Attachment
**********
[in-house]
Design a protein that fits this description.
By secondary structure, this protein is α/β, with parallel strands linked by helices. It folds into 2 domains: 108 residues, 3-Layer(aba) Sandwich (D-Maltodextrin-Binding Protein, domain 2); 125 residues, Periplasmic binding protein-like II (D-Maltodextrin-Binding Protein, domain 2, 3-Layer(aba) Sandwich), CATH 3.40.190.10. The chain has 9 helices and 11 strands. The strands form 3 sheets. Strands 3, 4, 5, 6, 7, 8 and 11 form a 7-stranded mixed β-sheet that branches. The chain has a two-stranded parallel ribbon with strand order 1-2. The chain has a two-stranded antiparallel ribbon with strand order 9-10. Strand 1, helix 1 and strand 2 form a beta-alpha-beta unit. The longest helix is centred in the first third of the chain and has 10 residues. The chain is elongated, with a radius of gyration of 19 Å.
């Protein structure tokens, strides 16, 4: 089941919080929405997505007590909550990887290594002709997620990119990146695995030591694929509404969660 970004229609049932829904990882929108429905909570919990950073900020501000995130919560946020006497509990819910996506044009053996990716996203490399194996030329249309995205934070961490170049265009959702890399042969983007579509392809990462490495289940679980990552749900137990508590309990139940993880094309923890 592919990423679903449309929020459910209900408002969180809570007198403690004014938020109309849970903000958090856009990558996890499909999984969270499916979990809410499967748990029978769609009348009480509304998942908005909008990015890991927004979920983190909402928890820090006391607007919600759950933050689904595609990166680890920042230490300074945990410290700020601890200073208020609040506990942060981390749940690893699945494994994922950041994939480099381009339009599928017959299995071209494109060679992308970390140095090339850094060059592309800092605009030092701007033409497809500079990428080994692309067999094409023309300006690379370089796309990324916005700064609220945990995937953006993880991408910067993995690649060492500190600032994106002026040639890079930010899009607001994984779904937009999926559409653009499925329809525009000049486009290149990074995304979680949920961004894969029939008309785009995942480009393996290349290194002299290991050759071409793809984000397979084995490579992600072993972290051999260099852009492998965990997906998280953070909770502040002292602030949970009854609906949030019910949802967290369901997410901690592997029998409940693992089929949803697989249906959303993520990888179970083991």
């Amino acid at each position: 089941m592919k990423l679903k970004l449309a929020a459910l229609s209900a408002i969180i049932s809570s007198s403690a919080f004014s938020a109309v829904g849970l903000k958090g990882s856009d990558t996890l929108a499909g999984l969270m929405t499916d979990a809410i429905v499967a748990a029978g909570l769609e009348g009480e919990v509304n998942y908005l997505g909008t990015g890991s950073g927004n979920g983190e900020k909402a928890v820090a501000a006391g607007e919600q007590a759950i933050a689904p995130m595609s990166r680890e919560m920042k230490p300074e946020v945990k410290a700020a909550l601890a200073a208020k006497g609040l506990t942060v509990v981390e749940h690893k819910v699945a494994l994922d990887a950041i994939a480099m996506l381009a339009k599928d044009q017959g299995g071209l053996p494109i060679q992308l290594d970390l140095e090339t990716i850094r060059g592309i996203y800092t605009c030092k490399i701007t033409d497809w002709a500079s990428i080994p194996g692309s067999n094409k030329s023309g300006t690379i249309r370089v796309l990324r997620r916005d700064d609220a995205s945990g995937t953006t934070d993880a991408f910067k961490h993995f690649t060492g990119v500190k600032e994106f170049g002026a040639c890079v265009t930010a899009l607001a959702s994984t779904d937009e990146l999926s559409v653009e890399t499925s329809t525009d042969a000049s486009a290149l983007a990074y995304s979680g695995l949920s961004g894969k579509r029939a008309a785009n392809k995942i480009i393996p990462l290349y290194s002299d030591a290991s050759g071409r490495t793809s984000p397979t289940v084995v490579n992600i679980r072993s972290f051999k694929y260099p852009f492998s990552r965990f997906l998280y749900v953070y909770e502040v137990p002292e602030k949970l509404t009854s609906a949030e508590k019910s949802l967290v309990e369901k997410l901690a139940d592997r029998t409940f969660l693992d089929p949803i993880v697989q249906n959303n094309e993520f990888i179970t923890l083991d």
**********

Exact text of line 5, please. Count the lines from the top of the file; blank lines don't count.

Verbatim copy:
């Amino acid at each position: 089941m592919k990423l679903k970004l449309a929020a459910l229609s209900a408002i969180i049932s809570s007198s403690a919080f004014s938020a109309v829904g849970l903000k958090g990882s856009d990558t996890l929108a499909g999984l969270m929405t499916d979990a809410i429905v499967a748990a029978g909570l769609e009348g009480e919990v509304n998942y908005l997505g909008t990015g890991s950073g927004n979920g983190e900020k909402a928890v820090a501000a006391g607007e919600q007590a759950i933050a689904p995130m595609s990166r680890e919560m920042k230490p300074e946020v945990k410290a700020a909550l601890a200073a208020k006497g609040l506990t942060v509990v981390e749940h690893k819910v699945a494994l994922d990887a950041i994939a480099m996506l381009a339009k599928d044009q017959g299995g071209l053996p494109i060679q992308l290594d970390l140095e090339t990716i850094r060059g592309i996203y800092t605009c030092k490399i701007t033409d497809w002709a500079s990428i080994p194996g692309s067999n094409k030329s023309g300006t690379i249309r370089v796309l990324r997620r916005d700064d609220a995205s945990g995937t953006t934070d993880a991408f910067k961490h993995f690649t060492g990119v500190k600032e994106f170049g002026a040639c890079v265009t930010a899009l607001a959702s994984t779904d937009e990146l999926s559409v653009e890399t499925s329809t525009d042969a000049s486009a290149l983007a990074y995304s979680g695995l949920s961004g894969k579509r029939a008309a785009n392809k995942i480009i393996p990462l290349y290194s002299d030591a290991s050759g071409r490495t793809s984000p397979t289940v084995v490579n992600i679980r072993s972290f051999k694929y260099p852009f492998s990552r965990f997906l998280y749900v953070y909770e502040v137990p002292e602030k949970l509404t009854s609906a949030e508590k019910s949802l967290v309990e369901k997410l901690a139940d592997r029998t409940f969660l693992d089929p949803i993880v697989q249906n959303n094309e993520f990888i179970t923890l083991d």